In a word, yes

Is it fair to put the total blame on a student’s academic performance on his or her coach?

That’s one of the questions with which Valerie Strauss (it must be a Strauss sort of day; my last post was spurred by her as well… so many thanks to Ms. Strauss) ends this blog post, which discusses some comments from our nation’s Secretary of Education.

The larger question at issue is whether college coaches — particularly public university coaches — should be fined for athletes’ failure to graduate.

I say that the answer is obviously yes. And the reason is this: it’s not that the coach has control of the student’s academics… but the coach does have a surprising amount of control over who gets admitted to the school on the basis of athletics. If coaches know that they’ll be held responsible, there will be an incentive not to recruit students who don’t have a realistic chance at graduating.

That’s where you’ll see the effect of this sort of policy.

The trick is that you need to make it so that the penalty for having non-graduating students is bigger than the payoff for having a winning team. Otherwise, the behavior will still persist, because it’s just a smaller incentive pointing in the same direction.

Now, maybe that means that you end up “pricing out” all the best coaches from public universities, so that only private schools like Notre Dame (football) and Duke (basketball) can afford the best coaches. Eh… so what if that happened?* That doesn’t seem like such a bad outcome to me. I’m all for college sports. But they’re called college sports and not just “the minor leagues” for a reason.

I don’t begrudge coaches their millions; I’m a fan of free markets. But a coach is a university employee, and that means that one of their jobs is (or should be) upholding the mission and reputation of the university. And that mission should — and I say “should” in the most skeptical sense — be about turning out educated minds, not about hanging championship banners.

Coaches are also hired to do that, but that job should be tempered by their broader institutional commitments. The job of a university isn’t to make money. That’s simply something universities have to do in order to accomplish their mission.

* (I’d note that neither Notre Dame nor Duke really has the same sort of problem with sports and academics that many big public universities seem to have.)

Comments

  1. You’re wrong. It is not fair. It may be pragmatic and effective. It’s not fair.

    • Michael E. Lopez says:

      What’s unfair about it? What can possibly be unfair about performance-based compensation?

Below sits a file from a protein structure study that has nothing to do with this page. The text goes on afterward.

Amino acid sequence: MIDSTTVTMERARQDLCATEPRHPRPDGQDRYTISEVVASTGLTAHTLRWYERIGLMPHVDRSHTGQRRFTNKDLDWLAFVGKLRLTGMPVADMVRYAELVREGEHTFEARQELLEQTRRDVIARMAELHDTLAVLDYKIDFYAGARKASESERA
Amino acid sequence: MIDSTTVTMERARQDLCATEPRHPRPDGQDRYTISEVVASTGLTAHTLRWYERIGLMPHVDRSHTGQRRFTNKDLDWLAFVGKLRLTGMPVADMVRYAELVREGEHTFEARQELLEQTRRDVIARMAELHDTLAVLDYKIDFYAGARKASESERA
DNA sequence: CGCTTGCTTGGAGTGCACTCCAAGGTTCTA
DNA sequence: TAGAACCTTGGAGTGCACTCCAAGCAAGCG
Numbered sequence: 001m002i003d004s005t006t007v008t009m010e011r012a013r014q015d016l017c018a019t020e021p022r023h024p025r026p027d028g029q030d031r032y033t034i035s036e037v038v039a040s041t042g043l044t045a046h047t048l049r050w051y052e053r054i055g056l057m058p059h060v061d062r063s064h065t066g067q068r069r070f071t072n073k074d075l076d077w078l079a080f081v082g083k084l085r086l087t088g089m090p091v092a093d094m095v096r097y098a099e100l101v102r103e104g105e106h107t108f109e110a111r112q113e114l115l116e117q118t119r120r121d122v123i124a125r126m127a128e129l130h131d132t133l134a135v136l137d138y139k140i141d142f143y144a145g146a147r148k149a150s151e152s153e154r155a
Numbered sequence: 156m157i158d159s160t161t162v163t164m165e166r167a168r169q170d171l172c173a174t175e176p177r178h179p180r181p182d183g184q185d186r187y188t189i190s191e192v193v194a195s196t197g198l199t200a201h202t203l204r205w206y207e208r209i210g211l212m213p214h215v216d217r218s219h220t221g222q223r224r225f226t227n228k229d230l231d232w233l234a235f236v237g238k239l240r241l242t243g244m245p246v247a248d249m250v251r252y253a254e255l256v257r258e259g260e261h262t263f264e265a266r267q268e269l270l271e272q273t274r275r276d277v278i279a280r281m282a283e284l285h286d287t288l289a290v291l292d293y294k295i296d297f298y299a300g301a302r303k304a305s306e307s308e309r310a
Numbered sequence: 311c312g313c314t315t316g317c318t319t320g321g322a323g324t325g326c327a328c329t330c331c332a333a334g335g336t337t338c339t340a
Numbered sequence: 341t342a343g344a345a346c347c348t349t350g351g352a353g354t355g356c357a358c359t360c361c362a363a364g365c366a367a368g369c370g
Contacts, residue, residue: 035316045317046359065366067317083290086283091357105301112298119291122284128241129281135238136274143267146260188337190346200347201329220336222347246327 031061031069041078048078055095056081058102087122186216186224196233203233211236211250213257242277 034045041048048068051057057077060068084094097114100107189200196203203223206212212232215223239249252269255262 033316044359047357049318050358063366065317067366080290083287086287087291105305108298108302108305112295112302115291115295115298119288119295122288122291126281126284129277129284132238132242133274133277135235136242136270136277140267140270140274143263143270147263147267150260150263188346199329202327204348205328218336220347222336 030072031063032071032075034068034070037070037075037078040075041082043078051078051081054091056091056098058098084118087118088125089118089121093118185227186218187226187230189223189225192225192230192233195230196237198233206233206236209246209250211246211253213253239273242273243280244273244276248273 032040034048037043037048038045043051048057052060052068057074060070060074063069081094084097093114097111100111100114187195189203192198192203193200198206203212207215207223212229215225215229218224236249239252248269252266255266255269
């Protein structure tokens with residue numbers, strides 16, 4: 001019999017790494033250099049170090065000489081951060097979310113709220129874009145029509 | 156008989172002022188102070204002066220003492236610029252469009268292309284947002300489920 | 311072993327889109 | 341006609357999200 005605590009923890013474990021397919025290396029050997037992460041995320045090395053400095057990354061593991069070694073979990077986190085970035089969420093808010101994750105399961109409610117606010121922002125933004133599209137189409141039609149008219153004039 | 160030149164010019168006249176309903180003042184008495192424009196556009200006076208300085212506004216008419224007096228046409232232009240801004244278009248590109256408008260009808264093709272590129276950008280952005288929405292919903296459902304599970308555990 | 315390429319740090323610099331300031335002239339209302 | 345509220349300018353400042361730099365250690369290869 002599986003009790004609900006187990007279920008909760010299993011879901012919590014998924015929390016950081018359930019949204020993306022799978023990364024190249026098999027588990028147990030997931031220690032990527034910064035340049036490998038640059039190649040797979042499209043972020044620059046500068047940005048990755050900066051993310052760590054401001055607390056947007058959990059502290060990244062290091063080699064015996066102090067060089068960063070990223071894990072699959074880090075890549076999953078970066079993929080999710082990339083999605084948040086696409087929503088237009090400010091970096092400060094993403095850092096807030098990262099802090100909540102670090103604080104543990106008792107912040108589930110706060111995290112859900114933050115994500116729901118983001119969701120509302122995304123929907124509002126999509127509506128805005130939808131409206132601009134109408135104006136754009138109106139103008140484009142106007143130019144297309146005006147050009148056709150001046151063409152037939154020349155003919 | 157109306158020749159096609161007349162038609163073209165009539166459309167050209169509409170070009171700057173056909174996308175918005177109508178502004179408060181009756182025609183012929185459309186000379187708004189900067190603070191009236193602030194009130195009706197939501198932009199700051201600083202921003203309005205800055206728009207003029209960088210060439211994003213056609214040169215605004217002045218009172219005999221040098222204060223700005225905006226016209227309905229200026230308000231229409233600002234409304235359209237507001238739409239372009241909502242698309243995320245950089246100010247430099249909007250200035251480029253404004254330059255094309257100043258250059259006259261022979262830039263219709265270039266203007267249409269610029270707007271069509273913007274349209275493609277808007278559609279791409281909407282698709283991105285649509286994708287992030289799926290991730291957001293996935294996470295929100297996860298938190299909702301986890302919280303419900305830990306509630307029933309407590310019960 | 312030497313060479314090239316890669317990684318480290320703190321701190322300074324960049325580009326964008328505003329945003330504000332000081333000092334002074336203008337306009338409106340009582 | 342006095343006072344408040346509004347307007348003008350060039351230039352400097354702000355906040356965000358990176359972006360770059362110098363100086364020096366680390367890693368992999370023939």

That’s all I’m advocating. I’m just suggesting that we remind ourselves what a coach’s “performance” is supposed to include.

  2. Mark Roulo says:

    A D-1 college football team tends to have about 100 players. A D-1 college basktball team tends to have 15 players. Outside of football and basketball (and, for maybe 20-30 programs, baseball) the players tend to know that they will need non-sports careers.

     

    UCLA has about 28,000 undergraduate students. University of Michigan (Ann Arbor) is about the same.

     

    What is the big deal with 115 students out of 28,000? They are majoring in football or basketball, not physics or literature. It isn’t like these schools don’t offer other worthless majors (or, essentially vocational education) to non-athletes. What is the big deal with these 115 kids?

  3. “If coaches know that they’ll be held responsible, there will be an incentive not to recruit students who don’t have a realistic chance at graduating.”

    …and will be immediately attacked with charges of racism when they do so.

  4. GManJamin says:

    If you count getting a NBA or NFL contract worth millions of dollars as part of graduating, then yes. I would trade my degree in a second for putting my name on guaranteed millions upfront.

  5. I wouldn’t object to teams needing the same graduation rates or GPAs as the student body of the school. At my alma mater, the football team routinely has a GPA above 3.0 and graduates something like 80% of the players. I know that some players leave early to go pro and some drop out, but quitting or leaving for a job happens with the student body, too. Sports are closely watched, and we don’t lose too many to academic ineligibility. I do think it would be crazy to hold coaches to a 100% rate, since even the honors college students don’t graduate at that rate.

  6. The whole charade of “student-athletes” is ridiculous. They are professional athletes hired to play for a particular institution with compensation arranged “under the table”.

  7. Should we apply the same logic to professors and their students?